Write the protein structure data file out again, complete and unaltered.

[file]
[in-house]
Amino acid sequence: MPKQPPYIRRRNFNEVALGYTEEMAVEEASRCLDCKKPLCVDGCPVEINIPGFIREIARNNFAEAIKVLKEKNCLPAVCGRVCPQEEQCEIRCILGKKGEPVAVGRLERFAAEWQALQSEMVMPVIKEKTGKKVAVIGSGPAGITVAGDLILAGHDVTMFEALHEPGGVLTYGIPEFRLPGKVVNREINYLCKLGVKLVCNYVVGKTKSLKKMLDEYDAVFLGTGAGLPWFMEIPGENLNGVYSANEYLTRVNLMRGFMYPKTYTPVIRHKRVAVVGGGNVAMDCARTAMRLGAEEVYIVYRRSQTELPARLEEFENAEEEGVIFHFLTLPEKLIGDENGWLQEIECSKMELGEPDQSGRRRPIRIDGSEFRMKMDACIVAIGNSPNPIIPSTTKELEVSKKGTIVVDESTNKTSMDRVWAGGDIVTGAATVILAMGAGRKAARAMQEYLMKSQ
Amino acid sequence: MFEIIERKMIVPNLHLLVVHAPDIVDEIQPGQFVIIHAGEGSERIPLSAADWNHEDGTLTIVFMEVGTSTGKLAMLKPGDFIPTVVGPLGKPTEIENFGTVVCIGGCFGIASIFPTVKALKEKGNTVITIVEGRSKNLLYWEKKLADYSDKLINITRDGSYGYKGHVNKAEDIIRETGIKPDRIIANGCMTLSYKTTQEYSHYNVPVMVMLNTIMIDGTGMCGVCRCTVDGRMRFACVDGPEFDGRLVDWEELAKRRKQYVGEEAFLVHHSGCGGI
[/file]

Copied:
[in-house]
Amino acid sequence: MPKQPPYIRRRNFNEVALGYTEEMAVEEASRCLDCKKPLCVDGCPVEINIPGFIREIARNNFAEAIKVLKEKNCLPAVCGRVCPQEEQCEIRCILGKKGEPVAVGRLERFAAEWQALQSEMVMPVIKEKTGKKVAVIGSGPAGITVAGDLILAGHDVTMFEALHEPGGVLTYGIPEFRLPGKVVNREINYLCKLGVKLVCNYVVGKTKSLKKMLDEYDAVFLGTGAGLPWFMEIPGENLNGVYSANEYLTRVNLMRGFMYPKTYTPVIRHKRVAVVGGGNVAMDCARTAMRLGAEEVYIVYRRSQTELPARLEEFENAEEEGVIFHFLTLPEKLIGDENGWLQEIECSKMELGEPDQSGRRRPIRIDGSEFRMKMDACIVAIGNSPNPIIPSTTKELEVSKKGTIVVDESTNKTSMDRVWAGGDIVTGAATVILAMGAGRKAARAMQEYLMKSQ
Amino acid sequence: MFEIIERKMIVPNLHLLVVHAPDIVDEIQPGQFVIIHAGEGSERIPLSAADWNHEDGTLTIVFMEVGTSTGKLAMLKPGDFIPTVVGPLGKPTEIENFGTVVCIGGCFGIASIFPTVKALKEKGNTVITIVEGRSKNLLYWEKKLADYSDKLINITRDGSYGYKGHVNKAEDIIRETGIKPDRIIANGCMTLSYKTTQEYSHYNVPVMVMLNTIMIDGTGMCGVCRCTVDGRMRFACVDGPEFDGRLVDWEELAKRRKQYVGEEAFLVHHSGCGGI